Dismiss Notice
Join Physics Forums Today!
The friendliest, high quality science and math community on the planet! Everyone who loves science is here!

Homework Help: Potential Energy of Anisotopic Oscillator

  1. Feb 24, 2008 #1
    1. The problem statement, all variables and given/known data
    1. The problem statement, all variables and given/known data[/b]
    There is a mass shown between two springs,
    ie. [--------O----------],
    on a horizontal frictionless table. Both springs are identical, with force constant k and unstretched length L. At equilibrium the mass rests at the origin, and the distances "a" (both are at an initial distance "a" from the mass) are not necessarily equal to L. (springs may initially be stretched or compressed). show that when mass goes to a position (x,y) with x and y small, the potential energy has the form:
    U = 0.5 * (k[tex]_{x}[/tex] * x[tex]^{2}[/tex] + k[tex]_{x}[/tex] * y[tex]^{2}[/tex]) (potential of an anisotropic oscillator)
    the k^x and k^y are supposed to be subscripts...

    show that if "a" < L the equilibrium is unstable and explain why

    2. Relevant equations
    U = 0.5 * (k[tex]_{x}[/tex] * x[tex]^{2}[/tex] + k[tex]_{x}[/tex] * y[tex]^{2}[/tex]) (potential of an anisotropic oscillator)
    U= -int (F dot dr)

    3. The attempt at a solution
    I wasn't able to make it very far in my attempt, but i am also not asking for a complete solution, just a push in the right direction:
    i figured at the beginning U=0, and Fnet =0.
    With Fspring1= -k(a-L), (spring on the right)
    and Fspring2 = -k(-(a-L))=k(a-L) (spring on the left)
    Fspring1=-Fspring2 initially

    if the spring were only stretched in the x direction a distance "b" to the right:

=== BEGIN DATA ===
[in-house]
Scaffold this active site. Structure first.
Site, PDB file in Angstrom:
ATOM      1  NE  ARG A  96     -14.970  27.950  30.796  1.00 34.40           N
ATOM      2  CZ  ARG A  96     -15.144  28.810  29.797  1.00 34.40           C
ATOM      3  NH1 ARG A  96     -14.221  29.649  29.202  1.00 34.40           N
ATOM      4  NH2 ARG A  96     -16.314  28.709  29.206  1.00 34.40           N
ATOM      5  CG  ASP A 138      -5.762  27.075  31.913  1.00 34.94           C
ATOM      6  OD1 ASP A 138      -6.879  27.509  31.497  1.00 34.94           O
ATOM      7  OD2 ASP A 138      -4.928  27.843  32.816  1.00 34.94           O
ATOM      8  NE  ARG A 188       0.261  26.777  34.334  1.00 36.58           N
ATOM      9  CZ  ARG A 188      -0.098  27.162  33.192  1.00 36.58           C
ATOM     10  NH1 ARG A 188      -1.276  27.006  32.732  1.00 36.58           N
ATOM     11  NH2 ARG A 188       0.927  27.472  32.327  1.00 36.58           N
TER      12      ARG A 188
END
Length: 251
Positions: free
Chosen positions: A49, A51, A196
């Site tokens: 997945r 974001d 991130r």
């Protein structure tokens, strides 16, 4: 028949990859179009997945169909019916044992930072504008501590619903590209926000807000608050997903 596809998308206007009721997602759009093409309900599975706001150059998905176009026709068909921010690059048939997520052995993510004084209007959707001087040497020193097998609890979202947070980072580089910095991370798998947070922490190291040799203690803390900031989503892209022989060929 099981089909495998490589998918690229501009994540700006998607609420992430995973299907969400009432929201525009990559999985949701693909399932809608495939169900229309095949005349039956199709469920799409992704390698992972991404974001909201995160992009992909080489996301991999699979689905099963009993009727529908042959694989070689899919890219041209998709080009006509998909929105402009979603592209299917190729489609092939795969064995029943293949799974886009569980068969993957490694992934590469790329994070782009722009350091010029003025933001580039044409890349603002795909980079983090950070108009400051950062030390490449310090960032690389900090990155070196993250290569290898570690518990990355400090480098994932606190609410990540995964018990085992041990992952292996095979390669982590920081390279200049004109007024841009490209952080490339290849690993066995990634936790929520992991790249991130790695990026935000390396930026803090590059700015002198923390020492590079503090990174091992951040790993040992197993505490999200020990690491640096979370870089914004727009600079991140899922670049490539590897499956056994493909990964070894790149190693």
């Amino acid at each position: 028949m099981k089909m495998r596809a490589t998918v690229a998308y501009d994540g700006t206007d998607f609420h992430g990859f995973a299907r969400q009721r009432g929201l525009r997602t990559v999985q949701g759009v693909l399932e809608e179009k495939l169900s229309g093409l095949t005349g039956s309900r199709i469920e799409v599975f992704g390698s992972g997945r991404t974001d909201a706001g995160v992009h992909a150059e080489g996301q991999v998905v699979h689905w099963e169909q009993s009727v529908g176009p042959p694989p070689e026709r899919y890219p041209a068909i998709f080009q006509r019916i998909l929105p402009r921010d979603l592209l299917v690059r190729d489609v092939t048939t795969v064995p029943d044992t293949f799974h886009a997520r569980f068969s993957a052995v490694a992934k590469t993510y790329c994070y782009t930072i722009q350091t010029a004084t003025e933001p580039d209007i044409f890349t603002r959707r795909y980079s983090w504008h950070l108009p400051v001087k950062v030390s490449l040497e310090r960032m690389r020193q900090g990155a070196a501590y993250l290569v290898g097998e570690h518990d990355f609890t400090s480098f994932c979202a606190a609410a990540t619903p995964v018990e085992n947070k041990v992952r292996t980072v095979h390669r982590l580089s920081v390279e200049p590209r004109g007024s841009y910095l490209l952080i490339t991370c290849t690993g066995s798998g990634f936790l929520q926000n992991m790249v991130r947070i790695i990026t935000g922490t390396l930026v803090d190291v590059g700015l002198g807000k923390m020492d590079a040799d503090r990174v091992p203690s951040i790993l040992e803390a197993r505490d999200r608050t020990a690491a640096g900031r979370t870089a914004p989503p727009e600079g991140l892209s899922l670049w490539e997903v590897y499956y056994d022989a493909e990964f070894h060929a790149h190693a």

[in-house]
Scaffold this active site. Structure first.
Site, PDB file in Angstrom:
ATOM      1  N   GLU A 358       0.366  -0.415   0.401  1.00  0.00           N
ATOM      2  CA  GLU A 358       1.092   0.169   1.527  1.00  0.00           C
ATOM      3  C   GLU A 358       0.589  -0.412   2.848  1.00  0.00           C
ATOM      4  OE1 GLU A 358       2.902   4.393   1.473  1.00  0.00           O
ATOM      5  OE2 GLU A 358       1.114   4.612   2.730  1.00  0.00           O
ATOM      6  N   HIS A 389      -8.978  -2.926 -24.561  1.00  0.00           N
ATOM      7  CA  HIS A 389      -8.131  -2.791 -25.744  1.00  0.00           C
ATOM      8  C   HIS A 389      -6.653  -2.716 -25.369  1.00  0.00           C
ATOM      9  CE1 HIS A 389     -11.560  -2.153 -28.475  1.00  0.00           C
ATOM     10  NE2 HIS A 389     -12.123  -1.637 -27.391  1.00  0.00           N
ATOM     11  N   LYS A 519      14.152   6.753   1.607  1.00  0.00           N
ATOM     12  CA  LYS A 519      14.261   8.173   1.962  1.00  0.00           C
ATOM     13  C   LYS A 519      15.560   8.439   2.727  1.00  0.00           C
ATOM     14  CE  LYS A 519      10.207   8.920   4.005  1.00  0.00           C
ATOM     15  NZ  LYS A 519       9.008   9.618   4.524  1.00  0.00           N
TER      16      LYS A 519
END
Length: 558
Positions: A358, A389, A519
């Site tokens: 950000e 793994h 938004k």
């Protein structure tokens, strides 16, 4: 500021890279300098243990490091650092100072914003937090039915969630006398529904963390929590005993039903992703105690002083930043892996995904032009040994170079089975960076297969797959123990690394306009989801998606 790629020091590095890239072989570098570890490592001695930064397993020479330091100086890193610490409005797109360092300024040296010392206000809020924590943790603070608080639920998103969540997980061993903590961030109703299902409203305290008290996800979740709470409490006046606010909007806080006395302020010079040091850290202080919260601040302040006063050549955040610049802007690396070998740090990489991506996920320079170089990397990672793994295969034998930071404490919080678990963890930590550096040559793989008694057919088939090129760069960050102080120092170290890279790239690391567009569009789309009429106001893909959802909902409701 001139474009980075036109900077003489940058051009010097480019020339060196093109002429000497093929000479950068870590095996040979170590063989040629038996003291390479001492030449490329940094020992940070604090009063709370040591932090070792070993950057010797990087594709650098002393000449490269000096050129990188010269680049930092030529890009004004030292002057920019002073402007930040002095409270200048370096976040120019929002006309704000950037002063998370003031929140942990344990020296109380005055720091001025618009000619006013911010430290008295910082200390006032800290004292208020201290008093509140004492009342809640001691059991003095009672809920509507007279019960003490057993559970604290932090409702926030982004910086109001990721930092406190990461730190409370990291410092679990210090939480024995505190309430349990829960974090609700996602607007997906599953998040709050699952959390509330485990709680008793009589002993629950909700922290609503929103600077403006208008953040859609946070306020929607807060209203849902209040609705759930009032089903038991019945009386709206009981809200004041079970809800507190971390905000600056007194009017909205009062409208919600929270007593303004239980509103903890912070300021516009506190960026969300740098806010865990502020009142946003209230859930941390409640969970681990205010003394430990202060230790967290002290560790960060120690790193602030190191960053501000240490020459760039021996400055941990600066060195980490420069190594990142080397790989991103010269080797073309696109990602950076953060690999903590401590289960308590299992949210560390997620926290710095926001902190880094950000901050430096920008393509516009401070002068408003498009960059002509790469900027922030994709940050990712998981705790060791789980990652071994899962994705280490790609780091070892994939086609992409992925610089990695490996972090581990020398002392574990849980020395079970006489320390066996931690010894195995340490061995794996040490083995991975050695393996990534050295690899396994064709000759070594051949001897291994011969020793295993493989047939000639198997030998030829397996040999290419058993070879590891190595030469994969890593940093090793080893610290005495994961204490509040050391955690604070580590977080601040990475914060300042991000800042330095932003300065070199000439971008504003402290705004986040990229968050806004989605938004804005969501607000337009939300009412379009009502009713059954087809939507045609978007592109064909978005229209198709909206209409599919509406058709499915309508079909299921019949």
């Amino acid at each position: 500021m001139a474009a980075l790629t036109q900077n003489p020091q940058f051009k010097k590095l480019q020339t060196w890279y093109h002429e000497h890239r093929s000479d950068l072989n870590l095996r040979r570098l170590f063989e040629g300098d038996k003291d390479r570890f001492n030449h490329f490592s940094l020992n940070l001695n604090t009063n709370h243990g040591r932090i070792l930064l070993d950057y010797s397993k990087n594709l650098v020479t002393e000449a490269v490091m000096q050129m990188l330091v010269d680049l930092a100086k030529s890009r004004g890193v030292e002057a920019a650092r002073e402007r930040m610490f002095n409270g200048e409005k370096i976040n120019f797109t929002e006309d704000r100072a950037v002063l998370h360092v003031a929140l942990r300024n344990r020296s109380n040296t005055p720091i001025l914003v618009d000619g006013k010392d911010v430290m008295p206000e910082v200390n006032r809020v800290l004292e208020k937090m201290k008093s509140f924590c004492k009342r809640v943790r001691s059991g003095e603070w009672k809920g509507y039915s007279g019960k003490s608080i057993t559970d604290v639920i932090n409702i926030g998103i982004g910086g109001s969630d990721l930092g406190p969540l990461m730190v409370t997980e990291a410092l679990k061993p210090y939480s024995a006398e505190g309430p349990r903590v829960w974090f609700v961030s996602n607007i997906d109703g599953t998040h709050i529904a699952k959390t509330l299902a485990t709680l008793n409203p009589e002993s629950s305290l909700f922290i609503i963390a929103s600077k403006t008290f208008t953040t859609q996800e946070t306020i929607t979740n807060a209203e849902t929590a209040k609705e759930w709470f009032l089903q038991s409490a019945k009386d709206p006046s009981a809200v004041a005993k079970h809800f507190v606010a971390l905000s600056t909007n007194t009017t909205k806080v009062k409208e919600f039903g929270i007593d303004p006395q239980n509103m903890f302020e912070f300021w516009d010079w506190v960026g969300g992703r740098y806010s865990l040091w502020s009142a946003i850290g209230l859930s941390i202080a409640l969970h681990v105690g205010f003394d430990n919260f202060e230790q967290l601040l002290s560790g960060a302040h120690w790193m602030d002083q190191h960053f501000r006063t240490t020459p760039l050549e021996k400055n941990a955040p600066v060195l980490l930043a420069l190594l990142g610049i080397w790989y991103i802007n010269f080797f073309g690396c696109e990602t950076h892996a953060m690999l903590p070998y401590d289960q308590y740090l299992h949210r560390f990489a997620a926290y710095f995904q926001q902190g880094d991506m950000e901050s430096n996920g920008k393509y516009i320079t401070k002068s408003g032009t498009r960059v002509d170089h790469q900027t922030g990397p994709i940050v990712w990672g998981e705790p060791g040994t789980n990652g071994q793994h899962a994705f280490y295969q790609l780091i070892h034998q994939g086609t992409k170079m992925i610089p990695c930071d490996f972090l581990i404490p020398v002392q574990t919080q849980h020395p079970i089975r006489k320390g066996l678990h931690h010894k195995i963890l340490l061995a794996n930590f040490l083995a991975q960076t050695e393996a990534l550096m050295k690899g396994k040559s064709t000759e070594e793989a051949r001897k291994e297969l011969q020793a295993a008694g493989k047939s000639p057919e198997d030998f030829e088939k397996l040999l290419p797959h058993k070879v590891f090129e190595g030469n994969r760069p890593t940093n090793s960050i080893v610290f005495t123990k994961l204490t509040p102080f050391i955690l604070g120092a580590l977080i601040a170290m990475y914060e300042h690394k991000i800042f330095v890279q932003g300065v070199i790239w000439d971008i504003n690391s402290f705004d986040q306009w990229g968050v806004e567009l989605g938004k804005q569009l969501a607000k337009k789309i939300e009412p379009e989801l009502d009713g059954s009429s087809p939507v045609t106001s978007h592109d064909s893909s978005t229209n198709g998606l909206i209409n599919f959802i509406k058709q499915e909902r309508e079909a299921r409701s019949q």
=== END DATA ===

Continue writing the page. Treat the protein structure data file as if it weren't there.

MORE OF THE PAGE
since the spring was already stretched a distance a-L, (not sure if it should be b+(a-L))
    since the initial stretched distance is -(a-L), and adding a positive stretch of "b"
    Fnet=Fspring1 + Fspring 2 = -2k*b
    therefore U = integral (-k*b) dx = -k*b[tex]^{2}[/tex] , which i figure must be wrong because shouldn't it be U = 0.5 * k * b[tex]^{2}[/tex] since y is zero in this case?

    then things get even more complicated when i try to go in the y direction, i figure gravity can be neglected due to the fact of "small y"
    i wasn't sure if somehow maybe i would be able to due the case in the x-direction and just add it to the y-direction solution by superposition, but i really doubt this is the case.

    If the mass was lifted directly upwards:
    the length of the spring would have a new length of "m" = [tex]\frac{a}{cos\phi}[/tex]
    where [tex]\phi[/tex] is the angle the spring with respect to the horizontal...

    i figured the forces would be:
    Fspring1 (x) = -k(m-L)*cos[tex]\phi[/tex]
    Fspring1 (y) =-k(m-L)*sin[tex]\phi[/tex]
    and the same for spring 2... as you can see i am just rambling with random thoughts i had trying to come up with a way to solve this. I am fairly lost, i don't need a complete solution but any helpful hints would be appreciated.
  2. jcsd
Share this great discussion with others via Reddit, Google+, Twitter, or Facebook

Can you offer guidance or do you also need help?
Draft saved Draft deleted